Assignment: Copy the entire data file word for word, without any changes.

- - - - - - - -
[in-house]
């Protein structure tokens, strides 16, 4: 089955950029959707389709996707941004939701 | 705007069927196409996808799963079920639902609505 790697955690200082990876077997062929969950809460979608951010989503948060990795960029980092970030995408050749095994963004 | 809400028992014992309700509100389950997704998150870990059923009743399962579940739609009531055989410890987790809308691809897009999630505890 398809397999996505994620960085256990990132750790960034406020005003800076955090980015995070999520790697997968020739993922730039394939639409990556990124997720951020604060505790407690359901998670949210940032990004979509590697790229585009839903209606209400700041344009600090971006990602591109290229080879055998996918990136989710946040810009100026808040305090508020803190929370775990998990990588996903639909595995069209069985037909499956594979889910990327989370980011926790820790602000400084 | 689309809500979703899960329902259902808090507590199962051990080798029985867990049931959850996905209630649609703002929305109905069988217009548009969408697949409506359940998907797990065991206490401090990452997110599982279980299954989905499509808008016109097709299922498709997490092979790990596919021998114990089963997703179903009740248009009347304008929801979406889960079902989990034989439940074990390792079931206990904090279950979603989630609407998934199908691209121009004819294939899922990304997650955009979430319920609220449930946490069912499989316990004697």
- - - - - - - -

[in-house]
């Protein structure tokens, strides 16, 4: 089955950029959707389709996707941004939701 | 705007069927196409996808799963079920639902609505 790697955690200082990876077997062929969950809460979608951010989503948060990795960029980092970030995408050749095994963004 | 809400028992014992309700509100389950997704998150870990059923009743399962579940739609009531055989410890987790809308691809897009999630505890 398809397999996505994620960085256990990132750790960034406020005003800076955090980015995070999520790697997968020739993922730039394939639409990556990124997720951020604060505790407690359901998670949210940032990004979509590697790229585009839903209606209400700041344009600090971006990602591109290229080879055998996918990136989710946040810009100026808040305090508020803190929370775990998990990588996903639909595995069209069985037909499956594979889910990327989370980011926790820790602000400084 | 689309809500979703899960329902259902808090507590199962051990080798029985867990049931959850996905209630649609703002929305109905069988217009548009969408697949409506359940998907797990065991206490401090990452997110599982279980299954989905499509808008016109097709299922498709997490092979790990596919021998114990089963997703179903009740248009009347304008929801979406889960079902989990034989439940074990390792079931206990904090279950979603989630609407998934199908691209121009004819294939899922990304997650955009979430319920609220449930946490069912499989316990004697």